Preparing for changes to rodenticides law

From 4th July 2024 the use of rodenticides containing bromadiolone and difenacoum in open areas will be illegal. The law has been passed to reduce the number of wild and non-target species affected by second generation anticoagulant rodenticides (SGARs) residues. Lodi’s David Reece offers an advice on an alternative.

Photo of a hedgerow

The use of rodenticides containing bromadiolone and difenacoum in open areas such as hedgerows and field boundaries will be illegal.

David Reece from rodenticide manufacturer Lodi has welcomed the move, suggesting that there are new, more sustainable ways to control rodents on farms.

“To bait burrows and open areas, such as hedgerows, farmers can use the new generation of cholecalciferol baits such as Harmonix. Cholecalciferol (vitamin B3) can control rodents in just seven days, yet substantially reduces the risk to non-target species like birds of prey,” says Mr Reece.

Photo of an open area with sheep.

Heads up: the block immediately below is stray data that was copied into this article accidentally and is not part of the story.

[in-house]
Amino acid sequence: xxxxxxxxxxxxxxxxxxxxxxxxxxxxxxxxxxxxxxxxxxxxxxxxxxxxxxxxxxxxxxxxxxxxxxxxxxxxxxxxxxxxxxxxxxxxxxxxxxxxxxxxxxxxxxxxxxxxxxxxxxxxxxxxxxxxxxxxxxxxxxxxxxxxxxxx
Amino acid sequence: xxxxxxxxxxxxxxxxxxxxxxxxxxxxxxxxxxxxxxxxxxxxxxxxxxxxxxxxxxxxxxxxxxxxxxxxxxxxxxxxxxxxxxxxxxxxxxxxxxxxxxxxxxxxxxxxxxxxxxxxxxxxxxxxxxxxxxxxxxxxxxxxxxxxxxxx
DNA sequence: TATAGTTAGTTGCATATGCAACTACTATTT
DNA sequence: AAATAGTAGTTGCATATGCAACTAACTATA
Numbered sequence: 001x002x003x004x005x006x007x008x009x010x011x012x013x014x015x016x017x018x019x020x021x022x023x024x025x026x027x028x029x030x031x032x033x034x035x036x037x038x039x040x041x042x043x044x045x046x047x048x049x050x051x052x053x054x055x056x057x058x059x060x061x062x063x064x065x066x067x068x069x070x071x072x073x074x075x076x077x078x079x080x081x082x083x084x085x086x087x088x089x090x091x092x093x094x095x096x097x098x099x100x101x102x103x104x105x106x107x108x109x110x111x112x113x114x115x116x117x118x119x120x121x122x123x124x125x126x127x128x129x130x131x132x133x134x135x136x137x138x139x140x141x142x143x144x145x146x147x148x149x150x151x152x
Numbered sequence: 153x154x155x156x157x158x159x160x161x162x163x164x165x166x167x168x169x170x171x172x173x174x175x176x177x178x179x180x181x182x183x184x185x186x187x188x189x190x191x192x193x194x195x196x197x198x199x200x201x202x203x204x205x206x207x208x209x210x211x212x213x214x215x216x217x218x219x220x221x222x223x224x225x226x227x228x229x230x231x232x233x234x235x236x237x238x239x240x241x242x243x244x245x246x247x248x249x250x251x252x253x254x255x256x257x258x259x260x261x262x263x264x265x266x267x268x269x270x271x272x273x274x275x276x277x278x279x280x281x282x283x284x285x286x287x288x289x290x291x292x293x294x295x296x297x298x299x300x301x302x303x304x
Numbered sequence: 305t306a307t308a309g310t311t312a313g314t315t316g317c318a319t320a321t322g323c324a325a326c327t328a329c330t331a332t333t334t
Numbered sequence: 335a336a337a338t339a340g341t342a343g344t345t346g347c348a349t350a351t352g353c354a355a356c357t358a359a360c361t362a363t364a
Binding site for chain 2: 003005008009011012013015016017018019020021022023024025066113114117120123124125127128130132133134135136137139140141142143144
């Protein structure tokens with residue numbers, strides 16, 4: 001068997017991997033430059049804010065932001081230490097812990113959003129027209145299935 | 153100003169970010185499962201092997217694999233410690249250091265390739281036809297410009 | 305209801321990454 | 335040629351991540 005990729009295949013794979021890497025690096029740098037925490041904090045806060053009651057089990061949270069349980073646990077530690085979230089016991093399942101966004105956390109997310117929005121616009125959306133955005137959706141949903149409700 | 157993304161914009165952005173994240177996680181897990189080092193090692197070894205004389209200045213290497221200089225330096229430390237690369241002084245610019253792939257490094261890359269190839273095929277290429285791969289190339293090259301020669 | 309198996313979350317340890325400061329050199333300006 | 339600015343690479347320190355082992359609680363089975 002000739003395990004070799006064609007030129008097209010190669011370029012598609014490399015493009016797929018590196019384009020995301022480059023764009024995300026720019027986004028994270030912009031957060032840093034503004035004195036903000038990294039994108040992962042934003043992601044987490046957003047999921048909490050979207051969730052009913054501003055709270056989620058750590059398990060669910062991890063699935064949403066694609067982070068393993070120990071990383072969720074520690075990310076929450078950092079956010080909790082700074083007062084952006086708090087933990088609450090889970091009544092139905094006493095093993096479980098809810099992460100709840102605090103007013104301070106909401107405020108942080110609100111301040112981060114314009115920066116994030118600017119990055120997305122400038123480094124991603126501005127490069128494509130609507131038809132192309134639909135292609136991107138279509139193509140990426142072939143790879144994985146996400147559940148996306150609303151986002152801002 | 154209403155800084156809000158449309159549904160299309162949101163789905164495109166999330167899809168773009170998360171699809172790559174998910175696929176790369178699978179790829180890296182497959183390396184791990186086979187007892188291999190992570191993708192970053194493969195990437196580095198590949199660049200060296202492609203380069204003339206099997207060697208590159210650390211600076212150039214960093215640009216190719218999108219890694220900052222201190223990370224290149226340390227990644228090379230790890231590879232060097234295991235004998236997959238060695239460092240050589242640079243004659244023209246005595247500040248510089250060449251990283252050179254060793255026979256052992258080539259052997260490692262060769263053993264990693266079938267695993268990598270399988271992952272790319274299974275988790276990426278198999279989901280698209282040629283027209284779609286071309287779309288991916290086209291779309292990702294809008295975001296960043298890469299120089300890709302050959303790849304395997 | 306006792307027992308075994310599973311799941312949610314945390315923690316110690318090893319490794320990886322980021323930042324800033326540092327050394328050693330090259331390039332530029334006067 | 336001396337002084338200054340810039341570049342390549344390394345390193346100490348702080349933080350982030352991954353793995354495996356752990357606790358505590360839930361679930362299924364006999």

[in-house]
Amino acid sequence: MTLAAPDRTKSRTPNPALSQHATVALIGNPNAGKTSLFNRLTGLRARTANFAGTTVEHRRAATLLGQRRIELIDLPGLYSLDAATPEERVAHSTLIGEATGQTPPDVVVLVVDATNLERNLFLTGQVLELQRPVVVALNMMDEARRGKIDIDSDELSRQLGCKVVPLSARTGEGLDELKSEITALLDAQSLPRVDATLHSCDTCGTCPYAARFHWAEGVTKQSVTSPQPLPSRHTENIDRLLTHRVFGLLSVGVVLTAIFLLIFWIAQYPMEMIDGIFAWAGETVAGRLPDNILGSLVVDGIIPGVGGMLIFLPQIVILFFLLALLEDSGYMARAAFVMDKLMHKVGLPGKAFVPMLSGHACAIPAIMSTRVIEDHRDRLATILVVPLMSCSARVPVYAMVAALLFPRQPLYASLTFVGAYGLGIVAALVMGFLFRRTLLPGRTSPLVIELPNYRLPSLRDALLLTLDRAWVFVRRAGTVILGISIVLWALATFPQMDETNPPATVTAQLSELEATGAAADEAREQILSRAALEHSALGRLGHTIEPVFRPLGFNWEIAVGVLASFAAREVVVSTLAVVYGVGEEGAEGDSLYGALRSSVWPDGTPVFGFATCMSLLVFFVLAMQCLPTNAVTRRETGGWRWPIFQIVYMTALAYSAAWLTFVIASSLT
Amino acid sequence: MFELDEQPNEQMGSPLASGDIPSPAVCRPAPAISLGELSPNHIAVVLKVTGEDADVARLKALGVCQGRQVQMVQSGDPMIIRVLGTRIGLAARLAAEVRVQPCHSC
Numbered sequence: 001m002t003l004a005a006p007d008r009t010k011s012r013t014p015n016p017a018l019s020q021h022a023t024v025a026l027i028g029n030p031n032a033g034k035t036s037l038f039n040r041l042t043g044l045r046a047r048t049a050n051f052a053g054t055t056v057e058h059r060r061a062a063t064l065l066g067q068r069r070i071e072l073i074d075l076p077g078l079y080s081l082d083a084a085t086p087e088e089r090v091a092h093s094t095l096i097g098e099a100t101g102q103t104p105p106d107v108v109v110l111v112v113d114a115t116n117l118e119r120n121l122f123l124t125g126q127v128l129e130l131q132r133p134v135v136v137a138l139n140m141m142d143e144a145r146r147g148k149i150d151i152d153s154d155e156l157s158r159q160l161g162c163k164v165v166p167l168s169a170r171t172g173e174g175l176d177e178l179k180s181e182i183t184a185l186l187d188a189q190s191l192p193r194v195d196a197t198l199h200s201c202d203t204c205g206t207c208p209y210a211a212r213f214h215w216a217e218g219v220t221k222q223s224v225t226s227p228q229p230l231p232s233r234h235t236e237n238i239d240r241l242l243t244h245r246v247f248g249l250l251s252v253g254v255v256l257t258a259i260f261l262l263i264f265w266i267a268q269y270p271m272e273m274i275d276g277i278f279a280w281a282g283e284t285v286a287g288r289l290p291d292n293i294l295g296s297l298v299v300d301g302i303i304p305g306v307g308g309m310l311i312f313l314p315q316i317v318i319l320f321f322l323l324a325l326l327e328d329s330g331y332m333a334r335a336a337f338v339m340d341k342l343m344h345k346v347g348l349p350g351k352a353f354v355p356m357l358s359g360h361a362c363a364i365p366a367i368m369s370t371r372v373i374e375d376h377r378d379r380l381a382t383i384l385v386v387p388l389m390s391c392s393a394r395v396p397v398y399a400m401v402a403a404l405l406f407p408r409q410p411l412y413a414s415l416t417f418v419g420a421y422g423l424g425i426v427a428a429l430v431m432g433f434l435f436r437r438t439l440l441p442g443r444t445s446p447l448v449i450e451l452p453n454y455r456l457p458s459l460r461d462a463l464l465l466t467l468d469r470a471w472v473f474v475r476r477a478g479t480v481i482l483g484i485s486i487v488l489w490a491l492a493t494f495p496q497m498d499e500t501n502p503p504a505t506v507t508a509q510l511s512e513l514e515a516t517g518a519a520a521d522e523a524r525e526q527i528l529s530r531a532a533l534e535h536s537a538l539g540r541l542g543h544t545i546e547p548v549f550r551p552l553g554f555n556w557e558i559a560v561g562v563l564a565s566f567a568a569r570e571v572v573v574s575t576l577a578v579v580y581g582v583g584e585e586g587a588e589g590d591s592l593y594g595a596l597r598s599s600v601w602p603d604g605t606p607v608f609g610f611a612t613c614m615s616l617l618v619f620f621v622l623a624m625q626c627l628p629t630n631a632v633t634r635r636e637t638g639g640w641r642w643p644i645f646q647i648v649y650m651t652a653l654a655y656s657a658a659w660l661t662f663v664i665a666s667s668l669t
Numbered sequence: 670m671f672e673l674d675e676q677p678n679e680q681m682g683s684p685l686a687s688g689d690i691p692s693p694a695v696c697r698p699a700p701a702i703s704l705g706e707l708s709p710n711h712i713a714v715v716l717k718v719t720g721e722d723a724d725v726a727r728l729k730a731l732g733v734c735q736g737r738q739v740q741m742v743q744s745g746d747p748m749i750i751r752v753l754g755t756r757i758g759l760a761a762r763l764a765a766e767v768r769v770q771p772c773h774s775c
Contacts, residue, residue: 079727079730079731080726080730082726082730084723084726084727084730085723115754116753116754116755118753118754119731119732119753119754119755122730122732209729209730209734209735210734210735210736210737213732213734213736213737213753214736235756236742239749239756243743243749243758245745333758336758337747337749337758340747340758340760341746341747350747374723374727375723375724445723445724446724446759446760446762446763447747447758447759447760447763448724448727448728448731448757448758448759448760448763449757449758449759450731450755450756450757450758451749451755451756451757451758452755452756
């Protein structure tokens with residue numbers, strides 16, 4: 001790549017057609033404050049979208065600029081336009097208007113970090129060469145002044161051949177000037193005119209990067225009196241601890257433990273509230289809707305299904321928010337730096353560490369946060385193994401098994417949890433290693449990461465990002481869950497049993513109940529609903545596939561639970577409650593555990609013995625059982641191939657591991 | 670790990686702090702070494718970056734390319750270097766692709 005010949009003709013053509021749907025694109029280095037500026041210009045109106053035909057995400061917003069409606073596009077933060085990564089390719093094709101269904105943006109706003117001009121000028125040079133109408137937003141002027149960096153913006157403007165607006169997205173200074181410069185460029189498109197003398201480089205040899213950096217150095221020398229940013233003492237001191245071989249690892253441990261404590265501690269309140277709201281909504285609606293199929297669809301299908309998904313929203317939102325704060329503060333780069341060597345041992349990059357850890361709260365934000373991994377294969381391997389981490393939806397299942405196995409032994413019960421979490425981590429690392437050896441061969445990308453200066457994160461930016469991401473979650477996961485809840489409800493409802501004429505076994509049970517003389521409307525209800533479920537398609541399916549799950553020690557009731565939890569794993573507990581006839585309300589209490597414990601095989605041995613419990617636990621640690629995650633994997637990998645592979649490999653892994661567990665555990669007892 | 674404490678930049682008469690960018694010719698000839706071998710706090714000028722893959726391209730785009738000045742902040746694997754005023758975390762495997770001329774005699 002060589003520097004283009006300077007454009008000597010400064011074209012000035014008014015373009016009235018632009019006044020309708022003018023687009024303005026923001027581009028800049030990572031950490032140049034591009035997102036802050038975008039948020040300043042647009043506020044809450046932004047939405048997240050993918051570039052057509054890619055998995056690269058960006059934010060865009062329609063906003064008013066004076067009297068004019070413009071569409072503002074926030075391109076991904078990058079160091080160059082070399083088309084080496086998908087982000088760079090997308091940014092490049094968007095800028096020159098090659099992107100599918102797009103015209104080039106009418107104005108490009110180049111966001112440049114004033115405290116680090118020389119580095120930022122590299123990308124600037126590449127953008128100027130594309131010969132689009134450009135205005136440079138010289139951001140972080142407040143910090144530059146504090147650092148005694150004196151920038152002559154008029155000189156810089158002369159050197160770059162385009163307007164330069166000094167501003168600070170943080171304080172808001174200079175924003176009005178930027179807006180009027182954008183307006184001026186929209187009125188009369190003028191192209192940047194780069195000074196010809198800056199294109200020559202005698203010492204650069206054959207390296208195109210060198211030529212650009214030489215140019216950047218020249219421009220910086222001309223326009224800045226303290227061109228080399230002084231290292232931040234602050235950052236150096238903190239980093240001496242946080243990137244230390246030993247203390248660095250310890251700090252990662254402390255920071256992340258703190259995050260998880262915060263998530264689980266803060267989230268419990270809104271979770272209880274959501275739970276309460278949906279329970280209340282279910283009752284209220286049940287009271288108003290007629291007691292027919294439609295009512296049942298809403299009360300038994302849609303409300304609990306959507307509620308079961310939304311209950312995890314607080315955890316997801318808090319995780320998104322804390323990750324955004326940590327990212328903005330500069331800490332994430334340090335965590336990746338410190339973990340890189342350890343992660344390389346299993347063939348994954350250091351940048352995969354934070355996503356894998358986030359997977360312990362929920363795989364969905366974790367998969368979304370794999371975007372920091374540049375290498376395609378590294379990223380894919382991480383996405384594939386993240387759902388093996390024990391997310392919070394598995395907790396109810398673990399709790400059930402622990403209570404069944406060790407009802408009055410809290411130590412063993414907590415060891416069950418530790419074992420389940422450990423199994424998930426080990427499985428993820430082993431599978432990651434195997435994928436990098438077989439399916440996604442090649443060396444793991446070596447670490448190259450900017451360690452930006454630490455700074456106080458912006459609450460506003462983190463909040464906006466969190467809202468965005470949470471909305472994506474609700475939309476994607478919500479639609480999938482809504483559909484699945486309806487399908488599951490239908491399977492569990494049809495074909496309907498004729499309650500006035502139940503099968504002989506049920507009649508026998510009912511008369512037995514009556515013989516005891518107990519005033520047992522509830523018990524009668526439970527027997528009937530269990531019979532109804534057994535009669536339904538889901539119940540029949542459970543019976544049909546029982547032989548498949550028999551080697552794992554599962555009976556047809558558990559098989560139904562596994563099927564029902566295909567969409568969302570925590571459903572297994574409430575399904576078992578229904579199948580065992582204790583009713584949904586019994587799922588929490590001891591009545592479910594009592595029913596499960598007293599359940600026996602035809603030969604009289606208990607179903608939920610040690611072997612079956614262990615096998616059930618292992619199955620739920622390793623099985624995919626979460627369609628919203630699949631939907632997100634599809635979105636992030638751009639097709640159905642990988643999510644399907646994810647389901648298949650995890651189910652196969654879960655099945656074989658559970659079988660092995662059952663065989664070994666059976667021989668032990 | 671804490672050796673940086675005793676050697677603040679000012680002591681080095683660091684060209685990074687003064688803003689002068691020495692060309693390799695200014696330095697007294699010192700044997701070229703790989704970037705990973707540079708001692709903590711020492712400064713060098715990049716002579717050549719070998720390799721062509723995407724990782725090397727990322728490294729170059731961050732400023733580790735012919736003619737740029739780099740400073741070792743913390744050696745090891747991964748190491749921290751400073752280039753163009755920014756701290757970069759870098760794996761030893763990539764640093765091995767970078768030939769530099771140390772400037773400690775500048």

The law has been passed to protect farm animals and non-target species such as barn owls.

Cholecalciferol was first registered in the UK in the 1980s. However, it is only in recent years that bait manufacturers have been able to formulate a palatable formula that can outperform SGARs.

“We have developed a paste bait to make it more palatable. The bait also has a stop feed effect after two to three days which will reduce the overall amount of bait used and the risk of remaining bait harming non target species. This makes Harmonix a more sustainable option than SGARs for outdoor use,” adds Mr Reece.

Photo of a field with weeds and rubbish.

Open areas on farms with rubbish and weeds should be cleared rather than baited.

The change in the law was instigated by the Campaign for Responsible Rodenticide Use UK (CRRU) in association with the Health and Safety Executive (HSE). It applies to the use of SGARs away from buildings on all farmland and open spaces.

“Some SGARs like the bromadiolone-based Jade and difenacoum Ruby are still a good and efficacious option in and around buildings. There are also non-chemical control methods such as proofing buildings, removing food and water sources and reducing areas rodents could use for harbourage. However, the law change is likely to see the uptake of cholecalciferol baits increase significantly,” concludes Mr Reece.

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